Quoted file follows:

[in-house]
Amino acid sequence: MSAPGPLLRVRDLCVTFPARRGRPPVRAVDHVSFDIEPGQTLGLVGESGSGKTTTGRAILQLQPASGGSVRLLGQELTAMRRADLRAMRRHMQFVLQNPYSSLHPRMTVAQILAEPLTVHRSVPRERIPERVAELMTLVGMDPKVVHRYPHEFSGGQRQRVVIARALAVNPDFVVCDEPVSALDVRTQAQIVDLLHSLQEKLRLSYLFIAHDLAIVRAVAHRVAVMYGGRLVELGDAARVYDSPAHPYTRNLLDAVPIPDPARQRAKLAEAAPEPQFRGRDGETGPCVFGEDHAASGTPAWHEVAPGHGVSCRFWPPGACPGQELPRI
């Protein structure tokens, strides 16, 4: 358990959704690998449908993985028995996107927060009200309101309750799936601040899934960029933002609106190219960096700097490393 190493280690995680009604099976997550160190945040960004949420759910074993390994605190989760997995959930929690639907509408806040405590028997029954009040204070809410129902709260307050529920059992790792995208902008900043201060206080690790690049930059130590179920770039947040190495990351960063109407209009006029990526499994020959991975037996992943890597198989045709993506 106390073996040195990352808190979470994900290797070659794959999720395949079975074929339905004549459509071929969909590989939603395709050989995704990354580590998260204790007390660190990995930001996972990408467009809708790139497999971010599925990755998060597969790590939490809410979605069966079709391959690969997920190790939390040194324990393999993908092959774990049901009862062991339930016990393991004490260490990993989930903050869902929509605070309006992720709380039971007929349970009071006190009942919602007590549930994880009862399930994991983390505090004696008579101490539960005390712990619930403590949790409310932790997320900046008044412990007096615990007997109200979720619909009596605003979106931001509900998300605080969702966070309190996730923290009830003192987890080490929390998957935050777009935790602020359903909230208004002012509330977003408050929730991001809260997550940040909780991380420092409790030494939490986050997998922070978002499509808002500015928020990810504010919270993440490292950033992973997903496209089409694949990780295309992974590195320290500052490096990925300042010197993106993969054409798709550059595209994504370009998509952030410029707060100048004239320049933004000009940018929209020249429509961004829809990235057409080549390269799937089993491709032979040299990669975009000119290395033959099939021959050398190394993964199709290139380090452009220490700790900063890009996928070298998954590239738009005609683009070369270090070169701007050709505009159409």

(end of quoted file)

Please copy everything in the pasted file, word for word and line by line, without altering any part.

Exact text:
[in-house]
Amino acid sequence: MSAPGPLLRVRDLCVTFPARRGRPPVRAVDHVSFDIEPGQTLGLVGESGSGKTTTGRAILQLQPASGGSVRLLGQELTAMRRADLRAMRRHMQFVLQNPYSSLHPRMTVAQILAEPLTVHRSVPRERIPERVAELMTLVGMDPKVVHRYPHEFSGGQRQRVVIARALAVNPDFVVCDEPVSALDVRTQAQIVDLLHSLQEKLRLSYLFIAHDLAIVRAVAHRVAVMYGGRLVELGDAARVYDSPAHPYTRNLLDAVPIPDPARQRAKLAEAAPEPQFRGRDGETGPCVFGEDHAASGTPAWHEVAPGHGVSCRFWPPGACPGQELPRI
């Protein structure tokens, strides 16, 4: 358990959704690998449908993985028995996107927060009200309101309750799936601040899934960029933002609106190219960096700097490393 190493280690995680009604099976997550160190945040960004949420759910074993390994605190989760997995959930929690639907509408806040405590028997029954009040204070809410129902709260307050529920059992790792995208902008900043201060206080690790690049930059130590179920770039947040190495990351960063109407209009006029990526499994020959991975037996992943890597198989045709993506 106390073996040195990352808190979470994900290797070659794959999720395949079975074929339905004549459509071929969909590989939603395709050989995704990354580590998260204790007390660190990995930001996972990408467009809708790139497999971010599925990755998060597969790590939490809410979605069966079709391959690969997920190790939390040194324990393999993908092959774990049901009862062991339930016990393991004490260490990993989930903050869902929509605070309006992720709380039971007929349970009071006190009942919602007590549930994880009862399930994991983390505090004696008579101490539960005390712990619930403590949790409310932790997320900046008044412990007096615990007997109200979720619909009596605003979106931001509900998300605080969702966070309190996730923290009830003192987890080490929390998957935050777009935790602020359903909230208004002012509330977003408050929730991001809260997550940040909780991380420092409790030494939490986050997998922070978002499509808002500015928020990810504010919270993440490292950033992973997903496209089409694949990780295309992974590195320290500052490096990925300042010197993106993969054409798709550059595209994504370009998509952030410029707060100048004239320049933004000009940018929209020249429509961004829809990235057409080549390269799937089993491709032979040299990669975009000119290395033959099939021959050398190394993964199709290139380090452009220490700790900063890009996928070298998954590239738009005609683009070369270090070169701007050709505009159409």